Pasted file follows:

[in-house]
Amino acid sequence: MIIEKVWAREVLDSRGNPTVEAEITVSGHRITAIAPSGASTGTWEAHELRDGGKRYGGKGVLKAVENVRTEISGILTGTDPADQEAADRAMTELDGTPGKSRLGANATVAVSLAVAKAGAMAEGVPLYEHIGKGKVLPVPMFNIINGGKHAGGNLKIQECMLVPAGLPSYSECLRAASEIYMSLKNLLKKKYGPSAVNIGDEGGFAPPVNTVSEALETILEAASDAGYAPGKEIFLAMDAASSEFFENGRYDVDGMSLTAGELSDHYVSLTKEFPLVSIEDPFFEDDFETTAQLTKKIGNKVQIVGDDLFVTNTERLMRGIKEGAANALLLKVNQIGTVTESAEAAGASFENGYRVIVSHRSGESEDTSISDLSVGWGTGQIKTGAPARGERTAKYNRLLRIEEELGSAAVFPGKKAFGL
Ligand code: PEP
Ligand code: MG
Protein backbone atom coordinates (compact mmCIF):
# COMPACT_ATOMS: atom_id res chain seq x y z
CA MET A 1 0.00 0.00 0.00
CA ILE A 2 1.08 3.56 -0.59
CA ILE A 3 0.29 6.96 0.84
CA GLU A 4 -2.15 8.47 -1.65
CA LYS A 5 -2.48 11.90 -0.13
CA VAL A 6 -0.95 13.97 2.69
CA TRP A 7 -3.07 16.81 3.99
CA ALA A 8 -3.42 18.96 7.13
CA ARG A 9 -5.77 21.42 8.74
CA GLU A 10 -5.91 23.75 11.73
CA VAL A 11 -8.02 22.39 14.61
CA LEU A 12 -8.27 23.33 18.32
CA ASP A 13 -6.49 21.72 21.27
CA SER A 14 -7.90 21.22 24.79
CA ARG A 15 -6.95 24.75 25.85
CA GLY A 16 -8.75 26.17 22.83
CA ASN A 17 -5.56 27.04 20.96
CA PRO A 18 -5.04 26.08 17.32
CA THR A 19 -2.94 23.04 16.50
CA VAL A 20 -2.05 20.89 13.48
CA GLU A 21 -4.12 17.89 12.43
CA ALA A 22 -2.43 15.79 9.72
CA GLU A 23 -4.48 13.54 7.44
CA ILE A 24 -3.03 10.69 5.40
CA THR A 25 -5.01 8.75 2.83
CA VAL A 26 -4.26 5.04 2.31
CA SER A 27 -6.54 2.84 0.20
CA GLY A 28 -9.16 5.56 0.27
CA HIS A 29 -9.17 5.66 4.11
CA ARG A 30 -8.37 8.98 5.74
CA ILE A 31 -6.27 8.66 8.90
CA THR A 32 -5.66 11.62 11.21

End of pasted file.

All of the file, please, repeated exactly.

[in-house]
Amino acid sequence: MIIEKVWAREVLDSRGNPTVEAEITVSGHRITAIAPSGASTGTWEAHELRDGGKRYGGKGVLKAVENVRTEISGILTGTDPADQEAADRAMTELDGTPGKSRLGANATVAVSLAVAKAGAMAEGVPLYEHIGKGKVLPVPMFNIINGGKHAGGNLKIQECMLVPAGLPSYSECLRAASEIYMSLKNLLKKKYGPSAVNIGDEGGFAPPVNTVSEALETILEAASDAGYAPGKEIFLAMDAASSEFFENGRYDVDGMSLTAGELSDHYVSLTKEFPLVSIEDPFFEDDFETTAQLTKKIGNKVQIVGDDLFVTNTERLMRGIKEGAANALLLKVNQIGTVTESAEAAGASFENGYRVIVSHRSGESEDTSISDLSVGWGTGQIKTGAPARGERTAKYNRLLRIEEELGSAAVFPGKKAFGL
Ligand code: PEP
Ligand code: MG
Protein backbone atom coordinates (compact mmCIF):
# COMPACT_ATOMS: atom_id res chain seq x y z
CA MET A 1 0.00 0.00 0.00
CA ILE A 2 1.08 3.56 -0.59
CA ILE A 3 0.29 6.96 0.84
CA GLU A 4 -2.15 8.47 -1.65
CA LYS A 5 -2.48 11.90 -0.13
CA VAL A 6 -0.95 13.97 2.69
CA TRP A 7 -3.07 16.81 3.99
CA ALA A 8 -3.42 18.96 7.13
CA ARG A 9 -5.77 21.42 8.74
CA GLU A 10 -5.91 23.75 11.73
CA VAL A 11 -8.02 22.39 14.61
CA LEU A 12 -8.27 23.33 18.32
CA ASP A 13 -6.49 21.72 21.27
CA SER A 14 -7.90 21.22 24.79
CA ARG A 15 -6.95 24.75 25.85
CA GLY A 16 -8.75 26.17 22.83
CA ASN A 17 -5.56 27.04 20.96
CA PRO A 18 -5.04 26.08 17.32
CA THR A 19 -2.94 23.04 16.50
CA VAL A 20 -2.05 20.89 13.48
CA GLU A 21 -4.12 17.89 12.43
CA ALA A 22 -2.43 15.79 9.72
CA GLU A 23 -4.48 13.54 7.44
CA ILE A 24 -3.03 10.69 5.40
CA THR A 25 -5.01 8.75 2.83
CA VAL A 26 -4.26 5.04 2.31
CA SER A 27 -6.54 2.84 0.20
CA GLY A 28 -9.16 5.56 0.27
CA HIS A 29 -9.17 5.66 4.11
CA ARG A 30 -8.37 8.98 5.74
CA ILE A 31 -6.27 8.66 8.90
CA THR A 32 -5.66 11.62 11.21